Students at the University of Florida supported changing the name Black Friday because of possible racial connotations. Students at the Gainesville campus were asked by a student reporter with ‘Campus Reform’ whether they supported renaming Black Friday.
The question read: “Black Friday should be renamed so it is not discriminating and profiling against black people.”
Responses from students were wide and diverse.
One said: “Black Friday should be called Holiday Buying Day, Spending Day, Charge Card Day, Green Backs or something other than black, which is discriminating and profiling against black people.”
Another student said: “Honestly, I’m down to rename that.”
They added: “I don’t like the name Black Friday. I never really have since I was small… Whenever I would go to stores, everything would be jammed packed and I would see workers, kind of, it sounds wrong, but they would lean more toward the lighter-skinned people.”
One student stated: “I kind of agree it should be changed just because Black Friday sounds offensive.”
The Campus Reform reporter then informed students that the name had nothing to do with race.
She said: “The term Black Friday has nothing to do with race…should we still change it?”
Responding to this, one student said: “If it’s not about skin colour then I don’t see that there’s a problem.”
Another student added: “If you want to just rename it to, like, spare the feelings, then that’s not helpful.”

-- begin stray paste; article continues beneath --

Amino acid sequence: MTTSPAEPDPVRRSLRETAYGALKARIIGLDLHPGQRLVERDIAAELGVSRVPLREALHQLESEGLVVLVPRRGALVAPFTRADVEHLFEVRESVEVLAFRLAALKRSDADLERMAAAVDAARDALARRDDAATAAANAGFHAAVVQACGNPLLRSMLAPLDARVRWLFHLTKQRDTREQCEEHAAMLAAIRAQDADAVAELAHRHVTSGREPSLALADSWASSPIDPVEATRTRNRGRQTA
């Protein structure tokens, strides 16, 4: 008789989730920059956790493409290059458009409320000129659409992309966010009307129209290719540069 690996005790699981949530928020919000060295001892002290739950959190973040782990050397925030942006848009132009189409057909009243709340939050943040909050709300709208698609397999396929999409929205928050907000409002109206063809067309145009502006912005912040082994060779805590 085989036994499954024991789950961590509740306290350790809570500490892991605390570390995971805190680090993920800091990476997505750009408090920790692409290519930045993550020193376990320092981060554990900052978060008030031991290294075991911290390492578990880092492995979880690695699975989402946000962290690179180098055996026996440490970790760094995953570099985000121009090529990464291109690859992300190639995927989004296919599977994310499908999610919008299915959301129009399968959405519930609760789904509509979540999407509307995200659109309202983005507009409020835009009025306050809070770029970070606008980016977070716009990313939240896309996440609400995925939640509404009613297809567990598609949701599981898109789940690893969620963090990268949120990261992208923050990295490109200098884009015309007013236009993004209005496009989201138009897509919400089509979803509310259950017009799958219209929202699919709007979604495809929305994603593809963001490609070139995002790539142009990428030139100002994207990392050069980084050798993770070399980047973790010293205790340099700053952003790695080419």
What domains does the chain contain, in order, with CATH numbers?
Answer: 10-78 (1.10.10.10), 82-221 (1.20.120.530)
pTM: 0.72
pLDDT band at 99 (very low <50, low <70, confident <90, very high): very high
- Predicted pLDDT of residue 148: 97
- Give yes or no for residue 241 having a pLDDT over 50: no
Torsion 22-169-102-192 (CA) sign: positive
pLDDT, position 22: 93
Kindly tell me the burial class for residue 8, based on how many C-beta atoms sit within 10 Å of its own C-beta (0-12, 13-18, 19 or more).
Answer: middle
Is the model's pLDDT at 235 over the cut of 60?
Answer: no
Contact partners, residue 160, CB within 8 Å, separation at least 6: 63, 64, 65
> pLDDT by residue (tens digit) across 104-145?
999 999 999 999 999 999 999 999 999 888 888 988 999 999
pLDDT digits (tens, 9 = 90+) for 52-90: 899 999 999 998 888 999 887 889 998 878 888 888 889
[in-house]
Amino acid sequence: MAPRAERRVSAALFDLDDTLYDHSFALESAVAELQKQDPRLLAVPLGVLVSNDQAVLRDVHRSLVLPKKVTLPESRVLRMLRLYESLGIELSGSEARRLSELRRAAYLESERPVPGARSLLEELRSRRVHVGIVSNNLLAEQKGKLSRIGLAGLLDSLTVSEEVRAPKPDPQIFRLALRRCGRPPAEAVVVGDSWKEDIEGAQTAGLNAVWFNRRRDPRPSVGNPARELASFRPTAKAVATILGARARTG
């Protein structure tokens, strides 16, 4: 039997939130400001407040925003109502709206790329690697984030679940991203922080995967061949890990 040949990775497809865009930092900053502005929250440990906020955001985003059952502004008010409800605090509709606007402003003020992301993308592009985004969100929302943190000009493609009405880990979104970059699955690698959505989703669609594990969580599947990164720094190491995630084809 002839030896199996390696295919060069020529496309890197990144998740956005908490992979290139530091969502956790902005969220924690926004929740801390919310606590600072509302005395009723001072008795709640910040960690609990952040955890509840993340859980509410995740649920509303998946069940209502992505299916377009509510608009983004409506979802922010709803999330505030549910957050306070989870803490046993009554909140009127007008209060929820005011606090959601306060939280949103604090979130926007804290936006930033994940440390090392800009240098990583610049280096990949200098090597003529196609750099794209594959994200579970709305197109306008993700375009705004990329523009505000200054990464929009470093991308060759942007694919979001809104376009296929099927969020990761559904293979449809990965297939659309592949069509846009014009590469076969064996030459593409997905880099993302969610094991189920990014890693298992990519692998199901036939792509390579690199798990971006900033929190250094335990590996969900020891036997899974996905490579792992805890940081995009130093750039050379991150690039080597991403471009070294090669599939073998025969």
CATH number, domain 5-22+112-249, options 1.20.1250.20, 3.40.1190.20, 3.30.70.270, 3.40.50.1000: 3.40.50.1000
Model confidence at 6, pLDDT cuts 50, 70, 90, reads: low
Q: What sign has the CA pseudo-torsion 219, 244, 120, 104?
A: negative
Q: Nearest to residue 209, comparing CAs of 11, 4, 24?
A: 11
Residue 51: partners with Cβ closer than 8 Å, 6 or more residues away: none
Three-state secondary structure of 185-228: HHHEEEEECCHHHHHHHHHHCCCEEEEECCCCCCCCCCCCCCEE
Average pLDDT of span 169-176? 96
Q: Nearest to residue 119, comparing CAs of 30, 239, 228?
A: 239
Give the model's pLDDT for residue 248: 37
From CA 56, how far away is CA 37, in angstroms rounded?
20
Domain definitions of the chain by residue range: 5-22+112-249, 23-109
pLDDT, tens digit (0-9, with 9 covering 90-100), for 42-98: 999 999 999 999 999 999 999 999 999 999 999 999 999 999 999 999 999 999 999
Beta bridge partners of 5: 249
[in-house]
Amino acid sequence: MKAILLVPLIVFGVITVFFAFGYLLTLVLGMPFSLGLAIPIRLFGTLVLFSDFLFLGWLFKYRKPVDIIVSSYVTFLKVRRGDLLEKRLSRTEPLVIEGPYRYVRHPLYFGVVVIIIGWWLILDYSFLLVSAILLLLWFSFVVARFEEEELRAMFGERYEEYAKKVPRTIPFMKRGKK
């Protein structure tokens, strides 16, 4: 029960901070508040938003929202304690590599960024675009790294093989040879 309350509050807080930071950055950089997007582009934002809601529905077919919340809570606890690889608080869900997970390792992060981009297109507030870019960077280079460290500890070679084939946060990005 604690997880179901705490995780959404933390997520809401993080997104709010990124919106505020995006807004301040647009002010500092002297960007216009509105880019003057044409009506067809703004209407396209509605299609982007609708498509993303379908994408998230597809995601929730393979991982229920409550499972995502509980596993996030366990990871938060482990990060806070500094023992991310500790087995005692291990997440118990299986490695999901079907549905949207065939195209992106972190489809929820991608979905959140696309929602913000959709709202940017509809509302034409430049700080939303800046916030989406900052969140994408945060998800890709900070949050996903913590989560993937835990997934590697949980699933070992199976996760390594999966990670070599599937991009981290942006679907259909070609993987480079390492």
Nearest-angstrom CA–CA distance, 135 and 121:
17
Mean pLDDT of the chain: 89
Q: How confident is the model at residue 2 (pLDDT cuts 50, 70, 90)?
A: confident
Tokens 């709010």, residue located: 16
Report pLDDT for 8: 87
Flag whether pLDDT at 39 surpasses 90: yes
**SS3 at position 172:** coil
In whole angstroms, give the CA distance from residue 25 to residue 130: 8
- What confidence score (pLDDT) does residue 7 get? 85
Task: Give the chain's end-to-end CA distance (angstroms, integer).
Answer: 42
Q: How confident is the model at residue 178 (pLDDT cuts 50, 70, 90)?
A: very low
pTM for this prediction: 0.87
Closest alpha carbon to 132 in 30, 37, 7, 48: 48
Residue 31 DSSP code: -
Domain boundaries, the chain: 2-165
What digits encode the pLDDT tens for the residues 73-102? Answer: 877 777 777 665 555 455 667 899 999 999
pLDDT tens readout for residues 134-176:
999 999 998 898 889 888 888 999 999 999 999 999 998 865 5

Taking it wider, one added: “Everything will be found offensive at one point.”
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In Ireland, a marketing pitch backfired when a shop owner created a video in ‘blackface’.
Dermot Kavanagh, the owner of Smyth’s Homevalue in Enniscorthy, appeared in the two-and-a-half-minute clip posted on Facebook with his face, neck and hands painted black.
Following the outcries, a statement from the shop read: “We would like to sincerely apologise to anyone upset or offended by our recent video post.”
The UK also saw a police investigation take place in 2020 when a racist remark was scrawled over a Black Friday deal sign.
Graffiti was scrawled on a sign advertising Black Friday in a North London Tesco staff area.
Workers at a store were horrified when the sign was defaced in an upstairs canteen.
The scribbled message, written in felt tip on a cardboard stand, read: “Slaves sold on a Friday.”
Shoppers in the UK are expected to spend almost £9.2bn on the weekend due to Black Friday deals.
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